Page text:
Monday 20 August 2018

The Little Owl in Hyde Park was in the same oak tree near the Bluebird Boats cabin, and remained there for several hours. He wasn't easy to see among the leaves.

The second time I passed, his mate called to him from a nearby horse chestnut tree, but she was completely invisible in the thick foliage.

There was a brief glimpse of the female Kestrel over Buck Hill.

David Element sent a much better picture of her.

A Jackdaw perched on an eroded statue of a water nymph in the Italian Garden.

Robins have started singing again. The couples have now split up and are claiming territories of their own, which both sexes sing to defend. They will continue to sing right through the winter.

One of the young Grey Herons is down from the nest. It stood on the edge of the island, looking baffled by the world.

The other was still in the nest, wondering whether to join it.

And adult, probably a parent of the young ones, was a few yards away on the island taking absolutely no notice of its offspring.

Another sat on its haunches on the awning of the small electric boat. The tears in the canvas were made by Herring Gulls with nothing better to do.

The Great Crested Grebe family from the west end of the island are not often seen, but they had come out in front of the wire baskets today. The two chicks are growing well.

I am now absolutely sure that the Coots at the Serpentine outflow have two chicks. One was being fed on the lake ...

... while the other called from the bottom of the weir, and a parent looked for some food to take down to it. No doubt it will climb up the plank in its own good time, as its sibling already has.

A pair of Moorhens settled down in a clump of plants behind the railings of one of the small boathouses.

The two Bar-Headed Geese at the Round Pond were also making themselves comfortable.

One of the Tufted ducklings at Peter Pan rested beside its mother on a fallen tree.

Migrant Pochards have arrived on the Long Water. I counted 39 of them.

Two teenage Mute Swans preened together, mirroring each other's moves.


  1. splendid synchronised preening. I'm glad the Robins started singing again - my 2nd favourite, after Blackbirds. Some of those near me tend to sing in winter; do they all , or is the light pollution/ London noise levels, or something?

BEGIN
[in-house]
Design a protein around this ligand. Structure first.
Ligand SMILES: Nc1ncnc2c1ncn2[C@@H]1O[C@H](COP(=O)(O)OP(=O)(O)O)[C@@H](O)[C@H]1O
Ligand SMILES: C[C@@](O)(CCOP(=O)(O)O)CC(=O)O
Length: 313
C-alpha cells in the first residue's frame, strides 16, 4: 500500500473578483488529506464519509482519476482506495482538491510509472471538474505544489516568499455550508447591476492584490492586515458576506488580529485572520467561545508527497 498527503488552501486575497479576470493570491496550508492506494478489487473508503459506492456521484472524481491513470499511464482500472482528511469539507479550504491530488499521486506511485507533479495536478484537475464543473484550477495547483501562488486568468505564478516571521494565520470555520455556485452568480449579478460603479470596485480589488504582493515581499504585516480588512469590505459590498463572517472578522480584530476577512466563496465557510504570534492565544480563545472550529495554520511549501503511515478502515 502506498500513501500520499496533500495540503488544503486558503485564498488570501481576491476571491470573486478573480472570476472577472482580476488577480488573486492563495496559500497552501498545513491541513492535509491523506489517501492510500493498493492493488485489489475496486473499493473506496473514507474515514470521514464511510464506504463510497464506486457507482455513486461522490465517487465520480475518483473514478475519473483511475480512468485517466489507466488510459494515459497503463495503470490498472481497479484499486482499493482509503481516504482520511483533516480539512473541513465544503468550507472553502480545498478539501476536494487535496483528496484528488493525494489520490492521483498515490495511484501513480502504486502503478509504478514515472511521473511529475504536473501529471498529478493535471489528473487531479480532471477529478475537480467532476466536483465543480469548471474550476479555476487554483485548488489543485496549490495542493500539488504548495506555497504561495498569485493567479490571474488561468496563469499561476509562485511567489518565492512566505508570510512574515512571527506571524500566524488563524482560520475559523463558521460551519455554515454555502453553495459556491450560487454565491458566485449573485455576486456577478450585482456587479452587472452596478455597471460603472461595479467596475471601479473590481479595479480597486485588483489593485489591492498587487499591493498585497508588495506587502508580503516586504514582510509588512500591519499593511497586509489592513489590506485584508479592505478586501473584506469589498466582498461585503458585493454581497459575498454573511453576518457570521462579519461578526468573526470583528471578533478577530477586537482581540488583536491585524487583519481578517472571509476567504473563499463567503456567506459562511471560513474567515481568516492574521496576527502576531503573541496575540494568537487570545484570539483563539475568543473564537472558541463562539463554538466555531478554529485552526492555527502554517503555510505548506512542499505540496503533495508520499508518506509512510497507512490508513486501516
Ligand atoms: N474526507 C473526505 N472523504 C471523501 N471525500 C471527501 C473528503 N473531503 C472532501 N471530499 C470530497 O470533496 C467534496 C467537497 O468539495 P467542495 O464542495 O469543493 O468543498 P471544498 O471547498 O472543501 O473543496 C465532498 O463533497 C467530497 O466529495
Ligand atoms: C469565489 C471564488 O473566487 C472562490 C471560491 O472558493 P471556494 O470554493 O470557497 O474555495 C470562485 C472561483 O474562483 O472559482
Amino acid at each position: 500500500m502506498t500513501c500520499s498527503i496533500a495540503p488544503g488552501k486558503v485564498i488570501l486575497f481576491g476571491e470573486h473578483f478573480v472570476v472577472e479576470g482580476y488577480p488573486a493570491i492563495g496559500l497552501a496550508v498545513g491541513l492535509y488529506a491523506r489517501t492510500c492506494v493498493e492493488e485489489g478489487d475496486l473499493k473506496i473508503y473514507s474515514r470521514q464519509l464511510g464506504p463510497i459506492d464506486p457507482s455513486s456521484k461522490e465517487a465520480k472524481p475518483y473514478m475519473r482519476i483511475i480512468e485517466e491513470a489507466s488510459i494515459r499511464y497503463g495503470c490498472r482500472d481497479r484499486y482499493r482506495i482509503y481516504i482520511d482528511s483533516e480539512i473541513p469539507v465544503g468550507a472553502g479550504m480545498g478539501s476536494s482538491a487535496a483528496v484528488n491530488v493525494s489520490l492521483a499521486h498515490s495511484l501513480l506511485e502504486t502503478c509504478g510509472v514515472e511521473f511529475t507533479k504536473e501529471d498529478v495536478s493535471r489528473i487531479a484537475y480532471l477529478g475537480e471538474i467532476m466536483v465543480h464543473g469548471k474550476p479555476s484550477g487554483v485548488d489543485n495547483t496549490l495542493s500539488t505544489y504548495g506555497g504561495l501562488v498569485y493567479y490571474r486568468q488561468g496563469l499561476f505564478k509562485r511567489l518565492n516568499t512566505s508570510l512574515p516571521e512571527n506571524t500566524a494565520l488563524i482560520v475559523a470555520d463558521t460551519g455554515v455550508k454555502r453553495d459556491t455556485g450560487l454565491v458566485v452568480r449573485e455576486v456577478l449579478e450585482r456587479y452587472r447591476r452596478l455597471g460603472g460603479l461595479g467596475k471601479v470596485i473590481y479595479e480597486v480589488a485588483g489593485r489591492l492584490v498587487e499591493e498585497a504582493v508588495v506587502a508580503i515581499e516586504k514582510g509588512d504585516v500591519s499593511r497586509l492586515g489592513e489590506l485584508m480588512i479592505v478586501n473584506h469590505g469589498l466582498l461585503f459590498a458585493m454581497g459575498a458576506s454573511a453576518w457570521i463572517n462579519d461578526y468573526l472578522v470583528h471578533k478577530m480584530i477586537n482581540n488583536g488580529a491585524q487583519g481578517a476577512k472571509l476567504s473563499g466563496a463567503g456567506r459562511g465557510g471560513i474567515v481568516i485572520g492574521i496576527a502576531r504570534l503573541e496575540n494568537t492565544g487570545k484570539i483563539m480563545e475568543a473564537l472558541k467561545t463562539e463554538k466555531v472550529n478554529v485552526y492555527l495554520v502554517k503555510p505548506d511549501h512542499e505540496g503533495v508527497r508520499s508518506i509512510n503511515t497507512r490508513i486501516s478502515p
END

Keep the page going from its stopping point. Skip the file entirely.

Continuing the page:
1. They all sing in winter. And if there are street lights they sing all night too, which is a strain on them.

  2. How I love hearing the Robins sing! It makes me feel autumn is drawing near. I cannot wait to hear and see small birds again.

    So the Coots have raised two chicks despite their being washed down the weir. They have proven that they are at long least capable of learning from past mistakes.

    Love the picture of the Jackdaw peching on the water nymph. It's a pleasure to be able to see pictures of the jackdaws again. They are always doing all sorts of interesting things.

    Are the Herring Gulls playing with the canvas, or is it simply the manifestation of gulls' appetite for destruction?

    1. It's wonderful to hear the Robins again. A Coal Tit was also singing -- they seem to start up at any time for no clear reason. Song Thrushes also sing on sunny winter days.

      Herring Gulls enjoy pulling ropes and strings and threads. They are strong enough to rip canvas. I have watched them attacking this awning, and there is no doubt that they were having fun.

  3. "Perched upon a bust of Pallas" would I think be the full diagnosis. ("Placid", too, arguably.)

    1. She is one of the attendant nymphs of the god of the Westbourne, whose face is carved on the keystone of the central arch of the loggia. Her own face has suffered in London's acid rain.